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As America Celebrated Labor Day, A Question Needs To Be Asked - ‘Are U.S. Workers Winning?’

Published Tuesday, September 7, 2021
by Steven Greenhouse/The Guardian
As America Celebrated Labor Day, A Question Needs To Be Asked - ‘Are U.S. Workers Winning?’

As the United States celebrated Labor Day, many employers are still struggling to find enough Workers.

McDonald’s, Chipotle, Walmart and many other companies have announced sizable wage increases to attract Workers and some economists argue American Workers have the most bargaining power they’ve had in years.

Many people, from low-wage workers to White House officials, are cheering this news, but there’s a fierce debate about this increased bargaining power.

Late last week the U.S. released disappointing jobs figures that show the Coronavirus is still affecting hiring - and while some argue this new-found Worker Power will be a longer-lasting phenomenon that yields years of better pay for Workers, others believe it’s just a temporary blip.

Already this year, Chipotle, CVS and Walgreens have raised their minimum pay to $15 an hour, while Costco has raised its minimum to $16.

Heidi Shierholz, Senior Economist at the Economic Policy Institute (EPI) - a Progressive Think Tank, applauds these increases, but sees them as largely a response to a temporary labor squeeze in specific industries, especially the hospitality industry.

Shierholz fears the increase in Worker Bargaining Power will be short-lived: “There’s nothing I see that gives me any feeling that it’s going to be permanent.  The reasons we’ve seen wage stagnation and declining economic leverage for Workers is four decades of policy choices.  A couple of months like this is not going to wipe that out.  How can anyone seriously think this will be a lasting situation?”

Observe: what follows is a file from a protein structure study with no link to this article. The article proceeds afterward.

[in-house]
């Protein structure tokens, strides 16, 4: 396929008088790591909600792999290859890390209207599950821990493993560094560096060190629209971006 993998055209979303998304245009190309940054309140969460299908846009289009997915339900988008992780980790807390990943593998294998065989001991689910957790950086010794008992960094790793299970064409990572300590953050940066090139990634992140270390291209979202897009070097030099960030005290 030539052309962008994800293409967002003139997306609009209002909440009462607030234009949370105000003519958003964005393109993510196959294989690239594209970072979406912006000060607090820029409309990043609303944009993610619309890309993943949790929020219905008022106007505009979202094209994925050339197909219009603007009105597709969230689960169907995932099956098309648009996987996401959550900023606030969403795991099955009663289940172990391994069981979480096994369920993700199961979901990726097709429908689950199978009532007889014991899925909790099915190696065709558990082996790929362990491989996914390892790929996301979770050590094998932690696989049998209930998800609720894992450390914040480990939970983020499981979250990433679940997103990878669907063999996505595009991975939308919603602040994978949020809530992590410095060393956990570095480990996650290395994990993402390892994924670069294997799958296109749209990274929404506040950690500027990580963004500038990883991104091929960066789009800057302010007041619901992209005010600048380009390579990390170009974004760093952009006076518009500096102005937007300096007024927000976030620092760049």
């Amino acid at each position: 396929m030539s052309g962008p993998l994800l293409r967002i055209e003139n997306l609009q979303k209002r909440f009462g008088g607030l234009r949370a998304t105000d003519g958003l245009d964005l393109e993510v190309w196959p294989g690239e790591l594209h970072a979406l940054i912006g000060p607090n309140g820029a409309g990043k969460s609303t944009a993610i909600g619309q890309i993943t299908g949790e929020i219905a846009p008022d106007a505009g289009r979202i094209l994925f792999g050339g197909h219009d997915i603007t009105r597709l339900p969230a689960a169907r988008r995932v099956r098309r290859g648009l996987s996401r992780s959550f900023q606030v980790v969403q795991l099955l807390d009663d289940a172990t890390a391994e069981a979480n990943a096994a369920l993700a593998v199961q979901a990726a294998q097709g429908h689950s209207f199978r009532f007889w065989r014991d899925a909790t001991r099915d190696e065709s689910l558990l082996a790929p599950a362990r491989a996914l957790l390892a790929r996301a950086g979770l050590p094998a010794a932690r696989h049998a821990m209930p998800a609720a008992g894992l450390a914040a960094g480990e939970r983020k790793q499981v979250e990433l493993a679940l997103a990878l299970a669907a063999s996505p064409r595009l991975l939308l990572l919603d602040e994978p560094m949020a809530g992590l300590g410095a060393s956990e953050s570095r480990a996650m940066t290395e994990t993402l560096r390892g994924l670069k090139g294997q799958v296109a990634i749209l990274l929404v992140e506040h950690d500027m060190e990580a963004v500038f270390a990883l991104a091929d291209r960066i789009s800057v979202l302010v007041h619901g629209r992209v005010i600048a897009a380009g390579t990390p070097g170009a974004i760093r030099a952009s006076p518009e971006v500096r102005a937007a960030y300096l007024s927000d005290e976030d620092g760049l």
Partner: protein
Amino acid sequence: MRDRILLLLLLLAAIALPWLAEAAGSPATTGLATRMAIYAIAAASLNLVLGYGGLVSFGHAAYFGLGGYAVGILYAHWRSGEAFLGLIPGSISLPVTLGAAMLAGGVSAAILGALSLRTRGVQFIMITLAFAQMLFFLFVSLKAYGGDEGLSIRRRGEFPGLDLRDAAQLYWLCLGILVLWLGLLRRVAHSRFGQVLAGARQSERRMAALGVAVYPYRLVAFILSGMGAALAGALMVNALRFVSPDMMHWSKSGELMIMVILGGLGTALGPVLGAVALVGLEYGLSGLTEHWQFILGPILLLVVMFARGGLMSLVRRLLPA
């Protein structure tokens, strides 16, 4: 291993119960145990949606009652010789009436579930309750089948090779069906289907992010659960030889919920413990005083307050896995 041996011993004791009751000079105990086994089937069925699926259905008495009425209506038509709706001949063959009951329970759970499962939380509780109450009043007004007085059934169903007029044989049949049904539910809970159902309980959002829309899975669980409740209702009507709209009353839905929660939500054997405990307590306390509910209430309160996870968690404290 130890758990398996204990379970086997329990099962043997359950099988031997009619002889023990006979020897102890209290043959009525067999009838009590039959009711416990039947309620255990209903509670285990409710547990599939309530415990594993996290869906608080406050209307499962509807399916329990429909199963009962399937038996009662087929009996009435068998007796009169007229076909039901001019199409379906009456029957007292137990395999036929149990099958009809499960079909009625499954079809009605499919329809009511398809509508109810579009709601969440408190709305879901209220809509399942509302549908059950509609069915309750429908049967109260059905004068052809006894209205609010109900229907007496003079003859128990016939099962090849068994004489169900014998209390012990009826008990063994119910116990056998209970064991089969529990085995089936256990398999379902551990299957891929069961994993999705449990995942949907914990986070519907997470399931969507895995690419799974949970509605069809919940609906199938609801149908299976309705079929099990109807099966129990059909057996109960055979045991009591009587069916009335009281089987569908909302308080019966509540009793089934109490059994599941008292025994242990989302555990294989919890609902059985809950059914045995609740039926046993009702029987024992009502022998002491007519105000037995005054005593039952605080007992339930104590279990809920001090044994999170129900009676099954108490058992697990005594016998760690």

Arindrajit Dube, an Economics Professor at the University of Massachusetts, says increased Worker Bargaining Power could last longer-term.

Dube says numerous factors have made many Workers think twice about returning to their jobs - especially to low-wage jobs - and that hesitation has given them more bargaining power.

Those hesitation-causing factors include protections against evictions, increased food stamps, the $300-a-month Unemployment Benefits Supplement (which just ended), and stimulus checks that fattened many Workers’ banks account.

On top of that, many Workers hesitate to return to work because of difficulties finding childcare and continuing fears about COVID-19.

“People have become more discerning about which jobs they’re willing to take,” Dube said. “A reasonable case can be made that we may be looking at a more extended period where Workers have greater power.”

Dube acknowledges that many of the factors that have let Workers remain on the sidelines will dissipate - their savings may dwindle, childcare will improve, the $300 jobless supplement have ended, but when the pandemic recedes, Dube notes, the jobless rate is likely to fall, strengthening Worker Bargaining Power.

Dube says wage norms have been changing for the better as many employers raised pay because of a low jobless rate.

Moreover, public pressure, from Bernie Sanders to Union protests, helped persuade some employers, most notably Amazon, to raise pay.

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